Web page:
See NASA’s InSight Lander On Mars from Space in This Satellite View!

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To mark the three-year anniversary of the Trace Gas Orbiter’s arrival at Mars, the European Space Agency (ESA) has released a stunning image it captured earlier this month of NASA’s InSight lander.

InSight touched down on Mars on Nov. 26 and has been at work ever since deploying its instruments and beginning to gather data. During the landing and since its arrival, a host of orbiters have checked in on the robot; ESA’s ExoMars mission is the latest to spot InSight.

Not to change the topic here:

Space Orbiter Spots ‘Hairy Blue Spider’ on Mars

David Bowie sang about his sci-fi persona Ziggy Stardust performing with the Spiders from Mars, and now it turns out there’s a “spider” on Mars after all.

An image captured by a European Space Agency (ESA) orbiter recently showed what appears to be a very hairy, blue spider extending its “legs” across the Martian landscape.

But in reality, the so-called spider is a sprawling pattern left behind on a ridge by a frenzy of dust devils, when hundreds or even thousands of whirling tornadoes formed in the area, ESA representatives said yesterday (March 14) in a statement. [Seeing Things on Mars: A History of Martian Illusions]

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ESA Space Orbiter Detects ‘Hairy Blue Spider’ on Mars

Watch out: A European Space Agency (ESA) space orbiter recently spotted a ‘hairy blue spider’ on Mars, and its massive, ‘eight-legged frame’ appears to be sprawled across the Red Planet.

The strange sight, which was taken by the ESA-Roscosmos ExoMars Trace Gas Orbiter’s Colour and Stereo Surface Imaging System (CaSSIS), shows the’Terra Sabaea region of Mars, according to an ESA press release.

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But, this isn’t a real’arthropod: It’s an eerie pattern that lies on the crest of one of Mars’ ridges, and might be a result of some dust devil activity, which involves the convergence of hundreds (or possibly thousands) of tiny martian tornadoes.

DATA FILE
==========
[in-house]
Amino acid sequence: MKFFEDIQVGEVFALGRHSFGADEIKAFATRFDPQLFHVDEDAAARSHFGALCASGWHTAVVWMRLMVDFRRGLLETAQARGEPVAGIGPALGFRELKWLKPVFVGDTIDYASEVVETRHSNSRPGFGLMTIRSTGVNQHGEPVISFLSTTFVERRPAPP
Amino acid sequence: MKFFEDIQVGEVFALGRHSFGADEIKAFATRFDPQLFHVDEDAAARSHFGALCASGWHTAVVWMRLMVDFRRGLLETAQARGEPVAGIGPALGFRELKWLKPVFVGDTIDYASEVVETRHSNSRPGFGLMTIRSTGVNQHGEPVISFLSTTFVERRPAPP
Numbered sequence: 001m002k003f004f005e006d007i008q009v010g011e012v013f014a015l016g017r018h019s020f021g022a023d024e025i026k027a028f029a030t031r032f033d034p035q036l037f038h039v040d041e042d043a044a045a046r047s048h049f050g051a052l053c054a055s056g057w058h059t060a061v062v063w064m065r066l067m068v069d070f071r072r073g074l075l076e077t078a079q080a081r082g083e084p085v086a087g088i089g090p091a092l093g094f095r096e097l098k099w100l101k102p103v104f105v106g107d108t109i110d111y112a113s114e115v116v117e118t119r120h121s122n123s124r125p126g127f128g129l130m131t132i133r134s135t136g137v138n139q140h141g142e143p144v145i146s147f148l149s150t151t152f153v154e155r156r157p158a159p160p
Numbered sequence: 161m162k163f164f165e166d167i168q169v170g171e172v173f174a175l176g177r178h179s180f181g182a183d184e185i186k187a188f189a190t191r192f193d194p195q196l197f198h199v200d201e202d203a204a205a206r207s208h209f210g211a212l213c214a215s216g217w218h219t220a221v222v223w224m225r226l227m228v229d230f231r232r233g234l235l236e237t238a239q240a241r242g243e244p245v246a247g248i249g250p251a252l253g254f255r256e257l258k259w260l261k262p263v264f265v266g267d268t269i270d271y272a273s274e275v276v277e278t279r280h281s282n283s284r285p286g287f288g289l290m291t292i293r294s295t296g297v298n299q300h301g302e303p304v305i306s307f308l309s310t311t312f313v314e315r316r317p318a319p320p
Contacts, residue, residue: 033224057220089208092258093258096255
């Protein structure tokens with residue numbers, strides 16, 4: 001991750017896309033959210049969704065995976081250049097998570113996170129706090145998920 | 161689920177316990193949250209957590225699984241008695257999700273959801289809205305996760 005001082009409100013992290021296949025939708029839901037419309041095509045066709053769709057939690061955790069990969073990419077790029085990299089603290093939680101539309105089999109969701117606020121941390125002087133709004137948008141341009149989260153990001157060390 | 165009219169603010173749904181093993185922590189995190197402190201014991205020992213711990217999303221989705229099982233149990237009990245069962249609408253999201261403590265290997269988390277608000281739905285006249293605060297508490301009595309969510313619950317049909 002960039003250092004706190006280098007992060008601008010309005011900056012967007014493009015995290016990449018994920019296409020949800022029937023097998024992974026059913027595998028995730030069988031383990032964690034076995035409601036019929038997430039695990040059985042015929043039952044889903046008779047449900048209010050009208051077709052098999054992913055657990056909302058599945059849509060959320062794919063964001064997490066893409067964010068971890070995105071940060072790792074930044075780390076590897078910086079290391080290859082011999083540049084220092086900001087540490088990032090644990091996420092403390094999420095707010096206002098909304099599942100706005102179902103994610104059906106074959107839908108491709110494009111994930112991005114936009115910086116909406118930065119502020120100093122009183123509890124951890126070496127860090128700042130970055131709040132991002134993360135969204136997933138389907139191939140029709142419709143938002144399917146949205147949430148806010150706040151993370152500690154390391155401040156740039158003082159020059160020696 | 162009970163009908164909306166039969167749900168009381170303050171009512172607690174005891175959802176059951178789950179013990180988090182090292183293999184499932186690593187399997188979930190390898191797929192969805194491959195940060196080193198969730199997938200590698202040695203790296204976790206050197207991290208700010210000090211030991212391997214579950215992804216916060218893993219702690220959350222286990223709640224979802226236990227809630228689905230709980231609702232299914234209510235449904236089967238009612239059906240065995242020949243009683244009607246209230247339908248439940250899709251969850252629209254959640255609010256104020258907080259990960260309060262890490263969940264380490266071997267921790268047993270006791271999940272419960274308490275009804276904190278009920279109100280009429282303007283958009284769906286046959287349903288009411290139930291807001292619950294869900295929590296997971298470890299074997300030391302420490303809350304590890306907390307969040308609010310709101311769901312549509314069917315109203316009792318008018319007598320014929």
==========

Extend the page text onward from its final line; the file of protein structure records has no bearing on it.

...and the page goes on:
Stunning 3D Images Reveal a Blue ‘Hairy Structure’ on The Surface of Mars

The European Space Agency’s (ESA) ExoMars Trace Gas Orbiter, which launched in 2016, just sent back some spectacular images of the Martian surface.

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The picture above might look like some kind of hairy structure, but it’s actually a false-colour image of the trails of hundreds or even thousands of dust devils ‘ small Martian tornadoes ‘ in the Terra Sabaea region of Mars.

The image below shows the Columbus Crater on Mars’ southern hemisphere ‘ which NASA discovered that sulfate particles contain hydrated minerals.

  • Publisher: ScienceAlert
  • Author: Victor Tangermann Futurism
  • Twitter: @ScienceAlert
  • Citation: Web link (Read More)

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A panoply of extremely cool ExoMars images taken from high above the Martian surface

Yesterday was the third anniversary of the launch of the European Space Agency/Roscomos’ ExoMars Trace Gas Orbiter (TGO). It entered orbit around the red planet in October of that year and began examining the atmosphere of Mars, especially to get a handle on how much methane is there and where it might be coming from (traces of it have been seen on and off for years, but there’s no single good explanation for it).